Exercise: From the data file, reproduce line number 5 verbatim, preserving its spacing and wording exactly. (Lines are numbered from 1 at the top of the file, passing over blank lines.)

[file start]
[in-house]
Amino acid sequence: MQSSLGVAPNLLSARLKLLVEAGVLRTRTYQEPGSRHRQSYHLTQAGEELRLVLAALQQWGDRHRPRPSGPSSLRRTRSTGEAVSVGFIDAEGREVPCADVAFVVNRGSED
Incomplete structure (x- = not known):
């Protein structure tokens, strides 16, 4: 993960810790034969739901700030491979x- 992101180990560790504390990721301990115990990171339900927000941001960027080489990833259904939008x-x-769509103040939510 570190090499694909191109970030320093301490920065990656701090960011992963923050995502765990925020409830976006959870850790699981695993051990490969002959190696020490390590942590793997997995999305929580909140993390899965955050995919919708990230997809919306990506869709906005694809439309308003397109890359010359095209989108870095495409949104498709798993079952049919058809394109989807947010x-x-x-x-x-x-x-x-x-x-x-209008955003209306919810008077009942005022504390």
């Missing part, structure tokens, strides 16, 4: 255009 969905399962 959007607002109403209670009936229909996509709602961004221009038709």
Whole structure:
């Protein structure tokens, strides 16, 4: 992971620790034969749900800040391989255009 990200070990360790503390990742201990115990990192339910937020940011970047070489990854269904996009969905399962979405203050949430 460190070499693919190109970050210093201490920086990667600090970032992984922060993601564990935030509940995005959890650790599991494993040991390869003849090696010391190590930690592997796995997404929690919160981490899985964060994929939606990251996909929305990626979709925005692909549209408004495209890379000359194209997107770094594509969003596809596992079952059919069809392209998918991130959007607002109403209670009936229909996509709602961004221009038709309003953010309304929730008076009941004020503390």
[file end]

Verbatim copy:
């Missing part, structure tokens, strides 16, 4: 255009 969905399962 959007607002109403209670009936229909996509709602961004221009038709």